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The Bread Topic

Bread

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#271 Panaderia Canadiense

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Posted 13 August 2013 - 05:17 AM

Beautiful picture!!!  I'm impressed with it and the follwing is not meant in any way as a criticism of you or anyone else posting on this bread forum.

 

I have been wondering for a while now.  How did it come to be so important to have lots of air space and little actual bread when we bake at home?  Is there nutrition in the air spaces?  Or are we breadmakers trying to impress other bakers with our knowledge of how our bread should look?

 

In my everyday, humdrum life I need a certain amount of actual food to chew on and if I don't get this "chewing" in a piece of toast or sandwich I find myself wanting to eat stuff like crunchy, salty snacks. My home made sourdough bread can look all holey if I so choose to make it that way but when I made a sandwich I like a little more substance.

 

This is a serious question for me.  Am I the only who feels this way?  I appreciate all comments. pro or con.  Not trying to be a smart-a** here!  Thanks for all replies.  I love eGullet in all its aspects.

 

I'm with you, and I think MJX has it exactly on the nose - it depends on what we grew up with and how we enjoy our bread.  I grew up with dense pumpernickel, sourdough, whole-wheat, spelt, and kamut loaves and so when I'm confronted with an airy-fairy french loaf my first thought is the uncharitable "it's too white!" and the second "it's too light!"  I've come around to liking the airy breads to mop up sauces or soups, but I still feel that they're basically whiffle breads and what I crave, bake and offer is denser and heavier.


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#272 Ann_T

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Posted 13 August 2013 - 09:08 AM

I think we are just talking about two different types of bread.  Some breads are better for sandwiches, like that beautiful loaf Anna posted yesterday.  No right or wrong or better than.  Just depends on personal preference.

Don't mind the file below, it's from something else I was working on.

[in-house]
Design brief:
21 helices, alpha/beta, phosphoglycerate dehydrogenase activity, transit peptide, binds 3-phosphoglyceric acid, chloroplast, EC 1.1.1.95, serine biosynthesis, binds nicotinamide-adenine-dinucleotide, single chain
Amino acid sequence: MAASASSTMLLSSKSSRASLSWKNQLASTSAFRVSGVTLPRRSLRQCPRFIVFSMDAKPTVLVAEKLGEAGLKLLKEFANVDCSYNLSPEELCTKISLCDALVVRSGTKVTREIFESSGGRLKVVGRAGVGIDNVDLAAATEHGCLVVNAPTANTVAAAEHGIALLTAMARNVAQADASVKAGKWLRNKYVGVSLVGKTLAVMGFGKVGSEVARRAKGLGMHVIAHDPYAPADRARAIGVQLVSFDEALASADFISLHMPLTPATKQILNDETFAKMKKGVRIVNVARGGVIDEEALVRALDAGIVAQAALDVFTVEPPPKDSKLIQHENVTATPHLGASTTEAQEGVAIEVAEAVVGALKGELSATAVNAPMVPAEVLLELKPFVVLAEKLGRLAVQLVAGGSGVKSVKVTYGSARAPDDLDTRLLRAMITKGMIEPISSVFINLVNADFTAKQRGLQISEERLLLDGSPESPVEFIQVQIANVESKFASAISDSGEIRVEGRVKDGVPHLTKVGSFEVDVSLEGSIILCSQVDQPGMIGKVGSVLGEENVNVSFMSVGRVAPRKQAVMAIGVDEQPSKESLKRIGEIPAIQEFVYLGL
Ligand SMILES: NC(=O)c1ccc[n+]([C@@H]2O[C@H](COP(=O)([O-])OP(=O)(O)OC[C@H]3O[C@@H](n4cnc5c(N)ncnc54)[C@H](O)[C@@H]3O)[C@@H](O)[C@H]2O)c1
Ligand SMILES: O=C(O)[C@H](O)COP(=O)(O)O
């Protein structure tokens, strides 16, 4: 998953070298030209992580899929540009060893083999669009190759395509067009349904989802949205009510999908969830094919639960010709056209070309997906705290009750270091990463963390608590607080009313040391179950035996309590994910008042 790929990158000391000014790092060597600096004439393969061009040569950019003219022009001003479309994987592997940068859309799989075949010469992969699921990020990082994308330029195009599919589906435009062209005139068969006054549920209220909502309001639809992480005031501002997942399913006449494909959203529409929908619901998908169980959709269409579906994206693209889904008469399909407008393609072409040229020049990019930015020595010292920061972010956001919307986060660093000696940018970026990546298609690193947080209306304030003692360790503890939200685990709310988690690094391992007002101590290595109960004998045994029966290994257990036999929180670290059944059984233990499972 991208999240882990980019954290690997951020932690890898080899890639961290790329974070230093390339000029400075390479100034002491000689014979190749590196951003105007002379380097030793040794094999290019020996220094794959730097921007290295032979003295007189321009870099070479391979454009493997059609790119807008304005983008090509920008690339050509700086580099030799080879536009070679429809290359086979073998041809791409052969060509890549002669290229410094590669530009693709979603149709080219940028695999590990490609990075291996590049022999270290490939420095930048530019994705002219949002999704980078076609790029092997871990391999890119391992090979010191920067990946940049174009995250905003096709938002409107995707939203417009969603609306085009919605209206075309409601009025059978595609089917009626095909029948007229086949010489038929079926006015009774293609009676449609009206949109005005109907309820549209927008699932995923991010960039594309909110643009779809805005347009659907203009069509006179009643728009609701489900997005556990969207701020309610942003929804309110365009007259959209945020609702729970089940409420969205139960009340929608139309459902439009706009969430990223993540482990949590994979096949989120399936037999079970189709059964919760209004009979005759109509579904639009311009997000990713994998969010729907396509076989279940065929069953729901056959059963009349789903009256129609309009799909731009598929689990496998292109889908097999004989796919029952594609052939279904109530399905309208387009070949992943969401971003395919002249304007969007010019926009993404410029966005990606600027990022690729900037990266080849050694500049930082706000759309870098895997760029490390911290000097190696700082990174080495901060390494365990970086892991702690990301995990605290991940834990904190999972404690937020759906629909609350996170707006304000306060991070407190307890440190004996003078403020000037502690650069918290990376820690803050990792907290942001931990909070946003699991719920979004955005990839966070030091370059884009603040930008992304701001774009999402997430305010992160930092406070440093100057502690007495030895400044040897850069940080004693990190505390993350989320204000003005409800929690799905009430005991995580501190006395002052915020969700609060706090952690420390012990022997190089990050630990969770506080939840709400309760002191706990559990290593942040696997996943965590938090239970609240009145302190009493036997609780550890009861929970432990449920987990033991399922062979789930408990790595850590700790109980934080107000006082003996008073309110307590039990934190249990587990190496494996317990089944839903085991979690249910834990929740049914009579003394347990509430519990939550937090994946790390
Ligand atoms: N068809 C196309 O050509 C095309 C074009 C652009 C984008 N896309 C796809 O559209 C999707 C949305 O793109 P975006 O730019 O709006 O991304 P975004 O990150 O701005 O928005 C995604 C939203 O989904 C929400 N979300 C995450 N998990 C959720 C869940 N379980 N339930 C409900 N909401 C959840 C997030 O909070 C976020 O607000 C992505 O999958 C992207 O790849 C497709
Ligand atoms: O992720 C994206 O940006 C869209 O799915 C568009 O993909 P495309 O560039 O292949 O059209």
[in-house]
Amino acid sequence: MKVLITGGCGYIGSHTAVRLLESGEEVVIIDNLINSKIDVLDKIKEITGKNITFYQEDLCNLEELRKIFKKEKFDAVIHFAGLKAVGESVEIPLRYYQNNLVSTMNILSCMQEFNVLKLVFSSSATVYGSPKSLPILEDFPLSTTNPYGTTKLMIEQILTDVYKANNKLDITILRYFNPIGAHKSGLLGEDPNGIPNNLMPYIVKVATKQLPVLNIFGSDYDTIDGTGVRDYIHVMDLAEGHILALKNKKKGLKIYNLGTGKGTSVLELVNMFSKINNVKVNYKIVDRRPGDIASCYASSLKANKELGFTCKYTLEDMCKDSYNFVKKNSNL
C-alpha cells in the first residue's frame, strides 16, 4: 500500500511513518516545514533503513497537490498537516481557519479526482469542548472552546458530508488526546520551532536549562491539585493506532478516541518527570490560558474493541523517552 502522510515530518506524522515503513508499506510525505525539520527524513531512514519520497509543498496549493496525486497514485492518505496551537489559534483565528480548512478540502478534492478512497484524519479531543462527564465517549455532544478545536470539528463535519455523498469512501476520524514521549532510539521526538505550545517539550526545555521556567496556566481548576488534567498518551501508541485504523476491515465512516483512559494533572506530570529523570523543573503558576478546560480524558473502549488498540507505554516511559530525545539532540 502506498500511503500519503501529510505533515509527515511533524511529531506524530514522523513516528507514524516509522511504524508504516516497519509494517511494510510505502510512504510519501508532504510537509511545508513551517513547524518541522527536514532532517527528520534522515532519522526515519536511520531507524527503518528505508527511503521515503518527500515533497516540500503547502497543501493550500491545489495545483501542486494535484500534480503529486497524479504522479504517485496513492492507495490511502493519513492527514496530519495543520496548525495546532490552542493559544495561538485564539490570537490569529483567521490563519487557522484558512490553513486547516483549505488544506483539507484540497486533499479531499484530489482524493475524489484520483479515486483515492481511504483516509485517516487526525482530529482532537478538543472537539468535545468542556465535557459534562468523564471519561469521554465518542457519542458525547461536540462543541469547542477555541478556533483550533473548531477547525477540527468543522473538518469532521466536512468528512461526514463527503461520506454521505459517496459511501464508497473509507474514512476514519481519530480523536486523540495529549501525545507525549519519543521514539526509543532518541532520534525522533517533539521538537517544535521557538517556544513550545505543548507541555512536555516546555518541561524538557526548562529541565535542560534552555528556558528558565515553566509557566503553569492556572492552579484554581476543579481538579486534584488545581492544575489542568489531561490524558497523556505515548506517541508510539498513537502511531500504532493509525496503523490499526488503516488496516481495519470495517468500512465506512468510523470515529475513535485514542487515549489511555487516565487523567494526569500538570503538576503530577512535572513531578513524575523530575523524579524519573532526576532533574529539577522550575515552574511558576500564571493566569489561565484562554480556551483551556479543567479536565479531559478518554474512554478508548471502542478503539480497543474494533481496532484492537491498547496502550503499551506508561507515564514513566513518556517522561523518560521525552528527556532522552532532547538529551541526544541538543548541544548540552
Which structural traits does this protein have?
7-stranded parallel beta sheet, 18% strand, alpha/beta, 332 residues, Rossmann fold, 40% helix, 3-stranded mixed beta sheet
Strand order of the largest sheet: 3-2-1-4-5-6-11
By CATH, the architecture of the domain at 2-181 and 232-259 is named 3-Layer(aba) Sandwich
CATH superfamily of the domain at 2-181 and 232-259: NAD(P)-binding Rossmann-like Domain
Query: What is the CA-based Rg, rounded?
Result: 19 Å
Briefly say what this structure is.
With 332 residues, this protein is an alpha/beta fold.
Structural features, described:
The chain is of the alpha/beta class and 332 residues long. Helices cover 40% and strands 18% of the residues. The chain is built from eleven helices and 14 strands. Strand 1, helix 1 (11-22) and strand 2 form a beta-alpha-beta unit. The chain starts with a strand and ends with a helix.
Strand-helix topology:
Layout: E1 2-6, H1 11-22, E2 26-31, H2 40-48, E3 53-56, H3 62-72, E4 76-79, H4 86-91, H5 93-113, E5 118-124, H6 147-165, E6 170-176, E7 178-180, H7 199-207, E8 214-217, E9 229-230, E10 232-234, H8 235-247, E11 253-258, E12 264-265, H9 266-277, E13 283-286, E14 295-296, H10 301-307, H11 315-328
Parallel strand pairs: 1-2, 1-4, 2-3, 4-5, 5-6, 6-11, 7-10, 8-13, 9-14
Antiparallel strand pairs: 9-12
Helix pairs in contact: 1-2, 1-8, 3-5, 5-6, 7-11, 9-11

Like MJK, I prefer a bread with more texture, stronger crust, open and chewy , rather than the softer texture of a traditional white/sandwich loaf.   I don't like sweet bread so I never add sugar.  Not unless I'm making a sweet dough for something like cinnamon buns.    But I do add salt.

 

Homemade%20Soughdough%20Toast%20June%201

 

Also, the "holey" bread makes great toast. All those holes capture the butter, honey or jam.

 

 

~Ann


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#273 furzzy

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Posted 13 August 2013 - 10:31 AM

Beautiful picture!!!  I'm impressed with it and the follwing is not meant in any way as a criticism of you or anyone else posting on this bread forum.
 
I have been wondering for a while now.  How did it come to be so important to have lots of air space and little actual bread when we bake at home?  Is there nutrition in the air spaces?  Or are we breadmakers trying to impress other bakers with our knowledge of how our bread should look?
 
In my everyday, humdrum life I need a certain amount of actual food to chew on and if I don't get this "chewing" in a piece of toast or sandwich I find myself wanting to eat stuff like crunchy, salty snacks. My home made sourdough bread can look all holey if I so choose to make it that way but when I made a sandwich I like a little more substance.
 
This is a serious question for me.  Am I the only who feels this way?  I appreciate all comments. pro or con.  Not trying to be a smart-a** here!  Thanks for all replies.  I love eGullet in all its aspects.